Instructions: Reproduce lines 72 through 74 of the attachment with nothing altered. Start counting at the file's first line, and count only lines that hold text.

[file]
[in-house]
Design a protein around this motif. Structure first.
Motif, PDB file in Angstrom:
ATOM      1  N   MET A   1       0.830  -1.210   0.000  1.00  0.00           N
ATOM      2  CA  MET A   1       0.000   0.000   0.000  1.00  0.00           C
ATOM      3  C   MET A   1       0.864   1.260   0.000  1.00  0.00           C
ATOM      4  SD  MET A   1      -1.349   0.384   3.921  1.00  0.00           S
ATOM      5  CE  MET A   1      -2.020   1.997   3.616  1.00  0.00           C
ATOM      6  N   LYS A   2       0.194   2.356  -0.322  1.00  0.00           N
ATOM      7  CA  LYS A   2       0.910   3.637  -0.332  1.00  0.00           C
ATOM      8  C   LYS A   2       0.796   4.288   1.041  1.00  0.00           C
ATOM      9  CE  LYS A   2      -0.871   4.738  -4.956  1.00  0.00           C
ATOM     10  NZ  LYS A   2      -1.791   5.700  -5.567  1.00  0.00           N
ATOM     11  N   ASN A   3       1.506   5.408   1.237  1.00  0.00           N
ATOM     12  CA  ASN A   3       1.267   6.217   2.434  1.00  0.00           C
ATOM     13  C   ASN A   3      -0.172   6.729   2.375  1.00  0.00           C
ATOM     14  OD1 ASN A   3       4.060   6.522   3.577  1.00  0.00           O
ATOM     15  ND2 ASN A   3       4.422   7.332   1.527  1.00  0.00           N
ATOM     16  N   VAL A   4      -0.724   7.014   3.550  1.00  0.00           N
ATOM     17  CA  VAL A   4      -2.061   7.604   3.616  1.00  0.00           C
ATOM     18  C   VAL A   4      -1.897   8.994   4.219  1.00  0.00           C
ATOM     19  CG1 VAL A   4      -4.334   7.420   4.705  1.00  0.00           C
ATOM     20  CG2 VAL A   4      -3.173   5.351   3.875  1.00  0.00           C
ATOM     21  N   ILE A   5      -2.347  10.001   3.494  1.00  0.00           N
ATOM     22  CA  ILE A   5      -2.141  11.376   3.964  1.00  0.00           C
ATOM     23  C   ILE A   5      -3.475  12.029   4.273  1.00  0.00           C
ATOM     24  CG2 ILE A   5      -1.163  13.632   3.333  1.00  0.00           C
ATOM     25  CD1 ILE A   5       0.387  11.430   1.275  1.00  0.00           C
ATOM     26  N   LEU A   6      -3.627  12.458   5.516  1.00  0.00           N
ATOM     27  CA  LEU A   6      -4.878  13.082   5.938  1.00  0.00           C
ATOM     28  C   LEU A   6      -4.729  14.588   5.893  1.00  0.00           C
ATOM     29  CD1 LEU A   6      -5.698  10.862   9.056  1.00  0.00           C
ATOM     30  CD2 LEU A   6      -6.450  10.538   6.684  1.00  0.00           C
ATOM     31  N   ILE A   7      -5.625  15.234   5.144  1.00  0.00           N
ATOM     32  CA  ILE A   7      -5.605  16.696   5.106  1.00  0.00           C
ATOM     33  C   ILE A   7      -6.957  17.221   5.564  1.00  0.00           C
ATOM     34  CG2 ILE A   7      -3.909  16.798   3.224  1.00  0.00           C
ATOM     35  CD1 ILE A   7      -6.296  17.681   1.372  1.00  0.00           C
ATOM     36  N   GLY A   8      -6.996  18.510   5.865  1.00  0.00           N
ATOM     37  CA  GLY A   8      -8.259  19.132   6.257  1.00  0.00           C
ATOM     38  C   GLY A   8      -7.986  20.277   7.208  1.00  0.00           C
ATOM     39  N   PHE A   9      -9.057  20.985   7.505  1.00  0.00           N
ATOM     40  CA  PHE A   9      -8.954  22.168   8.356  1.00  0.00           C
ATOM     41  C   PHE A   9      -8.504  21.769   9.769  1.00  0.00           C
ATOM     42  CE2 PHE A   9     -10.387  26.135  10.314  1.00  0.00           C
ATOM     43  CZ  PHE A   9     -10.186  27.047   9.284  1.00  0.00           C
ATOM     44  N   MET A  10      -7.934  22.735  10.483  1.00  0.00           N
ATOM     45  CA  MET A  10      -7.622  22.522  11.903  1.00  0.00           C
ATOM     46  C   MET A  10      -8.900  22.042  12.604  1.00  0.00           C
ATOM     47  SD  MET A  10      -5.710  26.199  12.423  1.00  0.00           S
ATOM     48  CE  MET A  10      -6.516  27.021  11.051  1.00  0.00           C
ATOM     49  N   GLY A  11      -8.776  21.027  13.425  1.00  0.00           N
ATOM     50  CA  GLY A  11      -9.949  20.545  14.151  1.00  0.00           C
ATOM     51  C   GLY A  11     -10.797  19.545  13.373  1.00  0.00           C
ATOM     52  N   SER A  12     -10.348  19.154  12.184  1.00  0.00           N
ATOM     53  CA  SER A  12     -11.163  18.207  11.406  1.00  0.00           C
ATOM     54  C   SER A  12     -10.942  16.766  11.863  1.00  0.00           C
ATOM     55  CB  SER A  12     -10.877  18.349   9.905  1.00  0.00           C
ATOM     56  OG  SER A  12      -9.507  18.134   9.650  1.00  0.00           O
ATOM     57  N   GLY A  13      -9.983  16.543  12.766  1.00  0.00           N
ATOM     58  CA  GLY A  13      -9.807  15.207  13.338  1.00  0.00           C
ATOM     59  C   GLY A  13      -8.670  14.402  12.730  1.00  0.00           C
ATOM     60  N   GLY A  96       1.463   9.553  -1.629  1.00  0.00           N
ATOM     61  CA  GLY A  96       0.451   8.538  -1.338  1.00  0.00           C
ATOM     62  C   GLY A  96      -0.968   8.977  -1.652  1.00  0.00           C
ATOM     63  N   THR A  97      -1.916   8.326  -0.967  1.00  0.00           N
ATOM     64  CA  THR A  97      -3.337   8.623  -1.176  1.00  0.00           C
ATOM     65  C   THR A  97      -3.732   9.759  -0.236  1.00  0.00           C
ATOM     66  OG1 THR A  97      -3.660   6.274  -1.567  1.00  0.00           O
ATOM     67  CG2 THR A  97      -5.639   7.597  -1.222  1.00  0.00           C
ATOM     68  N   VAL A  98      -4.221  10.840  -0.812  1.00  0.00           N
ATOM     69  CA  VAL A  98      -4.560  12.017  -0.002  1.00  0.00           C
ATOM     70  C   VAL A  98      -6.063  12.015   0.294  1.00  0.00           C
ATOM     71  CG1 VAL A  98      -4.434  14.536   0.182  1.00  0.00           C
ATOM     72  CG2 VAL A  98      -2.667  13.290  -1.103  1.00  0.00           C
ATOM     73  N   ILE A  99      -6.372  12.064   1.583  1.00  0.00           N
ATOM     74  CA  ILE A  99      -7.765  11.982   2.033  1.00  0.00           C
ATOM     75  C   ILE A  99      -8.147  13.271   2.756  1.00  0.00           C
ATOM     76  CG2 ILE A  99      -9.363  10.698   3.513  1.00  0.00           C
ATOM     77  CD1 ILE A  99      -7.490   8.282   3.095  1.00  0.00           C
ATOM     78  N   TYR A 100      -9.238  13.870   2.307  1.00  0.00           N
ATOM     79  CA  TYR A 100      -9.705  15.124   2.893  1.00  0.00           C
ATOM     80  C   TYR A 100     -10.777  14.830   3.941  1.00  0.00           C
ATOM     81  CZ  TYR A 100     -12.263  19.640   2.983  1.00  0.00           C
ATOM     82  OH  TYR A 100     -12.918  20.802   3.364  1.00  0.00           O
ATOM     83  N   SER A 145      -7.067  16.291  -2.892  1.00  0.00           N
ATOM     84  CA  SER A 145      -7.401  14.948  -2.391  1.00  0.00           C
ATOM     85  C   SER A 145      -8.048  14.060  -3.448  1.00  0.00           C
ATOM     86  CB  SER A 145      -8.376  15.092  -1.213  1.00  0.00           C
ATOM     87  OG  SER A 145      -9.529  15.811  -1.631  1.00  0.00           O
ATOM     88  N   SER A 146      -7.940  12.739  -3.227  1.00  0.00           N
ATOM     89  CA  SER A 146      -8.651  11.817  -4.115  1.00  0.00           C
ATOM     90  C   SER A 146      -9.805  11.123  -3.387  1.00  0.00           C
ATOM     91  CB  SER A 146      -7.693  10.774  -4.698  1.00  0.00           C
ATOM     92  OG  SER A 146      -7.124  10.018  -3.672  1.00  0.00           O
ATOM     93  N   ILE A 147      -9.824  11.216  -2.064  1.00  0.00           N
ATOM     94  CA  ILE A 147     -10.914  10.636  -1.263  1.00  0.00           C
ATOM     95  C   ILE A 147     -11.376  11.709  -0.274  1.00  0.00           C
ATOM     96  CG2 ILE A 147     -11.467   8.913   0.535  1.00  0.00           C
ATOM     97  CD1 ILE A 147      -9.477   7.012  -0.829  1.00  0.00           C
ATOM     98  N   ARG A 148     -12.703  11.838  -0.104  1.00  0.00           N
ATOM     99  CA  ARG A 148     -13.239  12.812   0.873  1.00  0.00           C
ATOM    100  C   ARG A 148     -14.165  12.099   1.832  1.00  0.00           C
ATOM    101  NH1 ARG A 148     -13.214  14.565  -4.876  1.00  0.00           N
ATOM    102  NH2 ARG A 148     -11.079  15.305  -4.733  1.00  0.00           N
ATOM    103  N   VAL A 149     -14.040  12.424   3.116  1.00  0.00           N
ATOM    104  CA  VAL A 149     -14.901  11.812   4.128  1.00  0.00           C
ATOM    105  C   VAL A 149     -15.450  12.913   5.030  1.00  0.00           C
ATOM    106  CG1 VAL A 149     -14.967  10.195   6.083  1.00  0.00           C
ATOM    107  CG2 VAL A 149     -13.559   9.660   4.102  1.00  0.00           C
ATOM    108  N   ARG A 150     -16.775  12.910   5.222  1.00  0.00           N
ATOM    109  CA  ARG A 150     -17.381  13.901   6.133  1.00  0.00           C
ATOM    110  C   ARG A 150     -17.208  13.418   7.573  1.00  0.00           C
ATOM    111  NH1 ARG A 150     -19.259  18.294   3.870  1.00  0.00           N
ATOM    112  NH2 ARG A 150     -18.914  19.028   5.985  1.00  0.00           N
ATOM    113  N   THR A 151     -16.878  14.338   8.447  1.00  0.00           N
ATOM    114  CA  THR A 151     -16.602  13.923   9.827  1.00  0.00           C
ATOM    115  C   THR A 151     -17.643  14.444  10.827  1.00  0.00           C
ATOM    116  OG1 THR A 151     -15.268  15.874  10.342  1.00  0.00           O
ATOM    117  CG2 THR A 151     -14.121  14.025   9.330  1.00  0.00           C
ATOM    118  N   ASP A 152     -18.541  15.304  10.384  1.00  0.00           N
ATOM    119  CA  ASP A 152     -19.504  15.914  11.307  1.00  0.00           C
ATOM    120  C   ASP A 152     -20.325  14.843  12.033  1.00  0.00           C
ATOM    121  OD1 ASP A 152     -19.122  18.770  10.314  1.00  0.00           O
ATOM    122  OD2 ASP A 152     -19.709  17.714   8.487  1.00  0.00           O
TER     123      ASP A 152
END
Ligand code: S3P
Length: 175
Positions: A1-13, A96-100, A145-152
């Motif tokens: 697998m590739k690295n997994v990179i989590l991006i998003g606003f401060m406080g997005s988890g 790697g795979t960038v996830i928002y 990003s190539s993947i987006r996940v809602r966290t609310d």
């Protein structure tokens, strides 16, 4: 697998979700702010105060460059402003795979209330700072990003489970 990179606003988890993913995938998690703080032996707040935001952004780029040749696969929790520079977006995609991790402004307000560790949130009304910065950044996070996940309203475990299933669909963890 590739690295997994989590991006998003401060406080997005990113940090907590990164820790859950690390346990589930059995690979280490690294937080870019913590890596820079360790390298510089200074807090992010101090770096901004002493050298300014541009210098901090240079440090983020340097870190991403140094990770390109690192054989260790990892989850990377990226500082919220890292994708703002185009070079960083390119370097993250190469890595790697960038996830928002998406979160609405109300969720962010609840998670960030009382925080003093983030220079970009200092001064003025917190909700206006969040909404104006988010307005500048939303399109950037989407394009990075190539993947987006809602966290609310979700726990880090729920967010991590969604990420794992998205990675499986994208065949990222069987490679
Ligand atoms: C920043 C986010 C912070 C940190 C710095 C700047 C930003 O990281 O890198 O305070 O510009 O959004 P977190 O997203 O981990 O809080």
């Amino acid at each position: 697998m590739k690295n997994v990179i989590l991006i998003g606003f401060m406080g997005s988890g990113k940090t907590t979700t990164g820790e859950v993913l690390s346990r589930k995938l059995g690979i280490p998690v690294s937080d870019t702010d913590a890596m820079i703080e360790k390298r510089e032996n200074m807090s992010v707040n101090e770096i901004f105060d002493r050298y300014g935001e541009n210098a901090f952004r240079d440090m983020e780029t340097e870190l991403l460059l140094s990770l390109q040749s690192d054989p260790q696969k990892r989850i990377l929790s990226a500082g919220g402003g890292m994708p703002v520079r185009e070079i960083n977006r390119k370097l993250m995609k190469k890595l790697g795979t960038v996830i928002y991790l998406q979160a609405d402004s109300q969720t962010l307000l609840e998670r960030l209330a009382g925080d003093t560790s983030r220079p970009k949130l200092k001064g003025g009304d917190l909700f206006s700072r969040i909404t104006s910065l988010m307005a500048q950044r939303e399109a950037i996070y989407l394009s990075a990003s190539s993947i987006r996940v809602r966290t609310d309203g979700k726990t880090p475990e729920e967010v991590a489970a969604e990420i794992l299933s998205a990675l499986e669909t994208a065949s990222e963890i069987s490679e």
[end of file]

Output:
ATOM     69  CA  VAL A  98      -4.560  12.017  -0.002  1.00  0.00           C
ATOM     70  C   VAL A  98      -6.063  12.015   0.294  1.00  0.00           C
ATOM     71  CG1 VAL A  98      -4.434  14.536   0.182  1.00  0.00           C